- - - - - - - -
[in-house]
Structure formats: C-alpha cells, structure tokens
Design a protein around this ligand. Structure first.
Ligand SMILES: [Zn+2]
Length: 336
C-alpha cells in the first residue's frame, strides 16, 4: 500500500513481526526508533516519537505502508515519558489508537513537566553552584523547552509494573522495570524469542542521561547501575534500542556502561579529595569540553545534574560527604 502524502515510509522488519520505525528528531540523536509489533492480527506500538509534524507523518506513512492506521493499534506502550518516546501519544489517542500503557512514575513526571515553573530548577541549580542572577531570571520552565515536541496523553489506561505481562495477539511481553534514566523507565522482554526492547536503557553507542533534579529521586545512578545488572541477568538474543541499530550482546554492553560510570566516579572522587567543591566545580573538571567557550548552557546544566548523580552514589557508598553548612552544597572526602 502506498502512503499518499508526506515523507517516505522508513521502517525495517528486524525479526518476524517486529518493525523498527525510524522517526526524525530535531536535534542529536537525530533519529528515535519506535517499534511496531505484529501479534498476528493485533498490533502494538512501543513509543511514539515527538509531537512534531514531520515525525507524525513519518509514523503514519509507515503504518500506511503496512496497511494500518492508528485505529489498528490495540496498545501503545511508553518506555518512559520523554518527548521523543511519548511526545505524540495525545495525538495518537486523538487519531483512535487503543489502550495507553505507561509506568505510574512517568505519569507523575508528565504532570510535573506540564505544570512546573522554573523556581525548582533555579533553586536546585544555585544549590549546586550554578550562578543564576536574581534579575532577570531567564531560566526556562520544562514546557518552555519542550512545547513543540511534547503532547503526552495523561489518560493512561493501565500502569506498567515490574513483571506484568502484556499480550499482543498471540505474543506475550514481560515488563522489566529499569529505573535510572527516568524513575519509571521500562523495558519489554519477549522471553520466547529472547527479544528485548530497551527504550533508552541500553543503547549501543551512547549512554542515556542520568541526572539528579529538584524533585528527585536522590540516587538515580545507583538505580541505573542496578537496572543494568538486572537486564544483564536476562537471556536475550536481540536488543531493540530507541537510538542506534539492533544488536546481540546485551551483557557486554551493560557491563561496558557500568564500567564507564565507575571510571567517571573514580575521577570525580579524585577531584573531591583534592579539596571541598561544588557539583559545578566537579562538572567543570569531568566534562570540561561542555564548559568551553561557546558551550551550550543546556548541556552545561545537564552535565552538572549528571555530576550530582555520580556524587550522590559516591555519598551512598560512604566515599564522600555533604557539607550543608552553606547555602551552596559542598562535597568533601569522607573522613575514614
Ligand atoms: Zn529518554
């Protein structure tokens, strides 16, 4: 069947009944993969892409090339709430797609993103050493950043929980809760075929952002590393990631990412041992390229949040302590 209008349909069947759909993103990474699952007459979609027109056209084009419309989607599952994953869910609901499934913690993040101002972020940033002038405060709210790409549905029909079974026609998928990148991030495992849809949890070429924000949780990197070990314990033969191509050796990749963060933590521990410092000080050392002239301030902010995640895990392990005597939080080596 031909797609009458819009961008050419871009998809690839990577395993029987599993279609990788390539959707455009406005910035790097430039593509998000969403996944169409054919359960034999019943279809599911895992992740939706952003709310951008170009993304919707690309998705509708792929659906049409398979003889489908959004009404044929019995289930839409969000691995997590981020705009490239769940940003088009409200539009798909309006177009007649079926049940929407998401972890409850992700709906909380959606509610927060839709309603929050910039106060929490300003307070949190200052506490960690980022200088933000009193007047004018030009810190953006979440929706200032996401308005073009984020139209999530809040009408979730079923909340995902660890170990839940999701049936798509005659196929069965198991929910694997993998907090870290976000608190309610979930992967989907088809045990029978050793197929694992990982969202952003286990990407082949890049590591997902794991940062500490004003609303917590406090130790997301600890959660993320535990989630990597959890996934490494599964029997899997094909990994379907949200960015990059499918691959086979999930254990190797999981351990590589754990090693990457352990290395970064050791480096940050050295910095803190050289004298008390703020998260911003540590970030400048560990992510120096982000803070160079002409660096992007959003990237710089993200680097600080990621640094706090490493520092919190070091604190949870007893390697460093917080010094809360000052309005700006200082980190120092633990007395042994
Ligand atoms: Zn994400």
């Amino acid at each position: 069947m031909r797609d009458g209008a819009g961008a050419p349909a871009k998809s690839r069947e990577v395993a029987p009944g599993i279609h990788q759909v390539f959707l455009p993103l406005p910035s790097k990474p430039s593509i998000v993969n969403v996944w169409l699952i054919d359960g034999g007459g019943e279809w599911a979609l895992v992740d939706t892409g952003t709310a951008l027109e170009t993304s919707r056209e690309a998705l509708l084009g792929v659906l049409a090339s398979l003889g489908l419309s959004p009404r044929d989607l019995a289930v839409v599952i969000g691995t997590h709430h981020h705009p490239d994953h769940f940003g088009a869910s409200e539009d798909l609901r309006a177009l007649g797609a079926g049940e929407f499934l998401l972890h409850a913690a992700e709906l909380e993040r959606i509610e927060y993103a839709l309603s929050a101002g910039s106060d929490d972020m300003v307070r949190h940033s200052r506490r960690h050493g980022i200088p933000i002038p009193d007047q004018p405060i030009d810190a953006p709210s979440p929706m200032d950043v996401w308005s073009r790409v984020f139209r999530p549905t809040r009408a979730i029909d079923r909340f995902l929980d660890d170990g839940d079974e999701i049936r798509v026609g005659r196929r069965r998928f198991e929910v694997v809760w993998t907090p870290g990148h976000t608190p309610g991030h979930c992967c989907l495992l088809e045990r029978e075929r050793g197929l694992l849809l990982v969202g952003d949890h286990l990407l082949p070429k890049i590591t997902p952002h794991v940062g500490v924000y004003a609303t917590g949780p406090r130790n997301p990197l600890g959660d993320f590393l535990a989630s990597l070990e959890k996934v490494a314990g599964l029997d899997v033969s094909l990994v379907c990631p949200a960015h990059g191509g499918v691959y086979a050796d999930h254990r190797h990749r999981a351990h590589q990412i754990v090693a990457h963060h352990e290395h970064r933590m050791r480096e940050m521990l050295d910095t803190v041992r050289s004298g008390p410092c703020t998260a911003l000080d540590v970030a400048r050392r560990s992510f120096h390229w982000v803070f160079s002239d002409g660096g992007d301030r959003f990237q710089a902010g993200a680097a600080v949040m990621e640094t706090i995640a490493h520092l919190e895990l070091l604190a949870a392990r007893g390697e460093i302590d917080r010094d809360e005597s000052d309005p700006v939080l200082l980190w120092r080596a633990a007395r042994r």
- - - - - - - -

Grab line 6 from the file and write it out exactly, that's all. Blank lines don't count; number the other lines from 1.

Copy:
C-alpha cells in the first residue's frame, strides 16, 4: 500500500513481526526508533516519537505502508515519558489508537513537566553552584523547552509494573522495570524469542542521561547501575534500542556502561579529595569540553545534574560527604 502524502515510509522488519520505525528528531540523536509489533492480527506500538509534524507523518506513512492506521493499534506502550518516546501519544489517542500503557512514575513526571515553573530548577541549580542572577531570571520552565515536541496523553489506561505481562495477539511481553534514566523507565522482554526492547536503557553507542533534579529521586545512578545488572541477568538474543541499530550482546554492553560510570566516579572522587567543591566545580573538571567557550548552557546544566548523580552514589557508598553548612552544597572526602 502506498502512503499518499508526506515523507517516505522508513521502517525495517528486524525479526518476524517486529518493525523498527525510524522517526526524525530535531536535534542529536537525530533519529528515535519506535517499534511496531505484529501479534498476528493485533498490533502494538512501543513509543511514539515527538509531537512534531514531520515525525507524525513519518509514523503514519509507515503504518500506511503496512496497511494500518492508528485505529489498528490495540496498545501503545511508553518506555518512559520523554518527548521523543511519548511526545505524540495525545495525538495518537486523538487519531483512535487503543489502550495507553505507561509506568505510574512517568505519569507523575508528565504532570510535573506540564505544570512546573522554573523556581525548582533555579533553586536546585544555585544549590549546586550554578550562578543564576536574581534579575532577570531567564531560566526556562520544562514546557518552555519542550512545547513543540511534547503532547503526552495523561489518560493512561493501565500502569506498567515490574513483571506484568502484556499480550499482543498471540505474543506475550514481560515488563522489566529499569529505573535510572527516568524513575519509571521500562523495558519489554519477549522471553520466547529472547527479544528485548530497551527504550533508552541500553543503547549501543551512547549512554542515556542520568541526572539528579529538584524533585528527585536522590540516587538515580545507583538505580541505573542496578537496572543494568538486572537486564544483564536476562537471556536475550536481540536488543531493540530507541537510538542506534539492533544488536546481540546485551551483557557486554551493560557491563561496558557500568564500567564507564565507575571510571567517571573514580575521577570525580579524585577531584573531591583534592579539596571541598561544588557539583559545578566537579562538572567543570569531568566534562570540561561542555564548559568551553561557546558551550551550550543546556548541556552545561545537564552535565552538572549528571555530576550530582555520580556524587550522590559516591555519598551512598560512604566515599564522600555533604557539607550543608552553606547555602551552596559542598562535597568533601569522607573522613575514614